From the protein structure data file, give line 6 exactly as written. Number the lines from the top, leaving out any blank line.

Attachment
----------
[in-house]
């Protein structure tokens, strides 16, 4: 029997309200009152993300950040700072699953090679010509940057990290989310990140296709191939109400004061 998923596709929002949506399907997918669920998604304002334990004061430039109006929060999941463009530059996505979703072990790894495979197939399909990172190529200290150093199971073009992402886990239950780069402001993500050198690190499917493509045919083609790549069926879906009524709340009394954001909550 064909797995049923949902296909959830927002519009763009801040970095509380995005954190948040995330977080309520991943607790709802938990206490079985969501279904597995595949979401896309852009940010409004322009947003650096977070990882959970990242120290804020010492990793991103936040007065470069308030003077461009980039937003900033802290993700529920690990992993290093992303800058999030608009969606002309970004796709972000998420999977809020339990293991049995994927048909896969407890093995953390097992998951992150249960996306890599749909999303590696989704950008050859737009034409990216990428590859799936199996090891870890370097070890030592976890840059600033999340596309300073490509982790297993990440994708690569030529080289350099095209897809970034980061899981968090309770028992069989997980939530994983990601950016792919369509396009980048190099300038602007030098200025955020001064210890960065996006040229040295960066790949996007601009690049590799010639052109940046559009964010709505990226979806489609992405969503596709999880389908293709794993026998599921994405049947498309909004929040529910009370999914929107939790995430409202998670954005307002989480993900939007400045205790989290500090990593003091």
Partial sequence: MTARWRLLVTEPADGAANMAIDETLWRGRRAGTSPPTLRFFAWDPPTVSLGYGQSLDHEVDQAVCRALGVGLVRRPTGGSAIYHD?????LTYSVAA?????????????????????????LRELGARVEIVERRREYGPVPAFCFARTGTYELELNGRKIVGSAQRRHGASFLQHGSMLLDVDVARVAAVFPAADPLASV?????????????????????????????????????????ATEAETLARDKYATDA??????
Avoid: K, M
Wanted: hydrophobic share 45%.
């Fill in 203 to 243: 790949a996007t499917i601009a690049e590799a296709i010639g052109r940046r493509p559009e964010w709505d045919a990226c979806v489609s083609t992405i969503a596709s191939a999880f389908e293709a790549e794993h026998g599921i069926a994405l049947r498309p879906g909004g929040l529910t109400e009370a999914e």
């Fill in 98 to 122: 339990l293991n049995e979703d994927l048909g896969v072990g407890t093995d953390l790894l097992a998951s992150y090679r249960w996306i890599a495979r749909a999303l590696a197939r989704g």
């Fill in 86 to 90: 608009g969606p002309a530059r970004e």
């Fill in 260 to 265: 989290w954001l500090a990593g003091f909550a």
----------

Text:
């Fill in 203 to 243: 790949a996007t499917i601009a690049e590799a296709i010639g052109r940046r493509p559009e964010w709505d045919a990226c979806v489609s083609t992405i969503a596709s191939a999880f389908e293709a790549e794993h026998g599921i069926a994405l049947r498309p879906g909004g929040l529910t109400e009370a999914e």